So to amend this I took my french rule and drew a shallow curve between the two shoulder points.

sew givenchy rugby dress
Amend the neckline

3) Create the colour block design for the front of the rugby dress
Following my design I sketched gentle curved lines on the traced pattern using my french rule.
I also sketched out the position of the button placket. I wanted mine to descend to my waist. It was 35 cm long x 4cm wide.

sew givenchy rugby dress
Draw the colour block design for the dress front

4) In areas where each colour block section join mark notches which can be used later to help assemble the rugby dress.

sew givenchy rugby dress
Mark the notches

5) Repeat steps 3 and 4 for the sleeves and the back of the dress.

sew givenchy rugby dress
Mark the colour block design for the sleeves
Draw the colour block design for the dress back

 

6) Cut out each of the pattern pieces.
To make your life easier when trying to assemble your dress keep those of the dress front separate from the dress back. As there will be a lot of assymetric shapes to rifle through!
I also numbered each pattern piece with a marker pen before I cut them out and took a photo so I had a reference point when trying to reassemble them.
You could also mark each piece with the colour fabric that will be used.

7) Add seam allowances to the pattern pieces.
As I was using a dress pattern as a block my side seam and hem SA were already included. However, I need to add SA to the edges where the colour block sections are joined.

sew givenchy rugby dress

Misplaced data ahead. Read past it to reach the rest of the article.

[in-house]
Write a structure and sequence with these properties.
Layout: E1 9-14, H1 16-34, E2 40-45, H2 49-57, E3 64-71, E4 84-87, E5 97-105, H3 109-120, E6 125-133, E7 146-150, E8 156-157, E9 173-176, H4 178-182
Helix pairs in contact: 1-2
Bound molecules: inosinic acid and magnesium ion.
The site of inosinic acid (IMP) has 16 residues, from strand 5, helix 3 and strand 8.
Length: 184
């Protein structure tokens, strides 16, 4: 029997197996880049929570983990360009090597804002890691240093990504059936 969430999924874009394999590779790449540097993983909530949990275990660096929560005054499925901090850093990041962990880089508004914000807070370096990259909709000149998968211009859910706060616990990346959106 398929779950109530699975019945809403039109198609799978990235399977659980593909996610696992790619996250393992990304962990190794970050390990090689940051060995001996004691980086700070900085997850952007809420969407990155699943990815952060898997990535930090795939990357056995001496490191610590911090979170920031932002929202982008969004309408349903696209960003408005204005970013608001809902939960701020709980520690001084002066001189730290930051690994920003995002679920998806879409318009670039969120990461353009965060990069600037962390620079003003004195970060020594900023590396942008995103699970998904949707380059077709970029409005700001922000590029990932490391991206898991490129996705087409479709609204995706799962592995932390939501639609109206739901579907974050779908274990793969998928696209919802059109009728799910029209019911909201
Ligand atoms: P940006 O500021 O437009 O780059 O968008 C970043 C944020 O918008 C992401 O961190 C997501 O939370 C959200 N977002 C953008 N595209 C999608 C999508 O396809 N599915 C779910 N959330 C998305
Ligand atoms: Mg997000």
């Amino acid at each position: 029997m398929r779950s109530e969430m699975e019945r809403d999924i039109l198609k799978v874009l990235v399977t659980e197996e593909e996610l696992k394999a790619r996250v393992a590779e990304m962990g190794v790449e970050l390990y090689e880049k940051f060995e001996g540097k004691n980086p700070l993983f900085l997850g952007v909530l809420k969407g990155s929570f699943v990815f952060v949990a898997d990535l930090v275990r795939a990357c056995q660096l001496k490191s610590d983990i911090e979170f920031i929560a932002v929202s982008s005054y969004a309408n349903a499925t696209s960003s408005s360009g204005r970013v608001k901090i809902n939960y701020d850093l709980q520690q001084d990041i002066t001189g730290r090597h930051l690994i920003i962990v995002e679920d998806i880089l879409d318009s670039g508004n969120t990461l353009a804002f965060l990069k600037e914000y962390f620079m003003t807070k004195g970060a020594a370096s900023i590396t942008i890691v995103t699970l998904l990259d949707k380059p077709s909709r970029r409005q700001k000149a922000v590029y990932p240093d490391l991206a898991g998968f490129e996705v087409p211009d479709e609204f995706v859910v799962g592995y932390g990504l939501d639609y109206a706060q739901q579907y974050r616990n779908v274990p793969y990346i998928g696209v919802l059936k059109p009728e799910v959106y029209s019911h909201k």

Add the SA

8) Transfer any markings to your new pattern pieces and cut them out.

sew givenchy rugby dress
Cut out the pattern pieces

For information on how to draft the button placket READ HERE!

To see how to draft a lined patch pocket READ HERE!

I will be releasing a separate tutorial on how to draft the collar.

Make a toile of the rugby dress:

Before I cut into my fabric I decided to make a toile to check the positioning of the colour blocks. I wanted to check that lines weren’t positioned to highlight my bum etc. It was also a chance to practice fitting the collar and inserting the button placket.

Overall, the fit was pretty good. The sleeves were perhaps a tad too baggy and could be taken in at the underarm seams by a couple of cm. The collar was too short by about 4 cm so the pattern needs to be amended. Additionally, I wanted to make the front a mirror image as the pocket was on the wrong side.

sew rugby dress
Make a toile

Other than those minor changes I am ready to start sewing my rugby dress.

Have a read PART 2 to see the final dress!

  1. Simone

    January 16, 2018 at 7:01 am

    This is not exactly pattern drafting, you just amend an existing pattern….

    1. emily_crozier@yahoo.co.uk

      January 16, 2018 at 10:26 am

      Hi, Thanks for your comment 🙂 I am still new to this so I apologise for using the wrong terminology. I will be sure to work on this for future posts.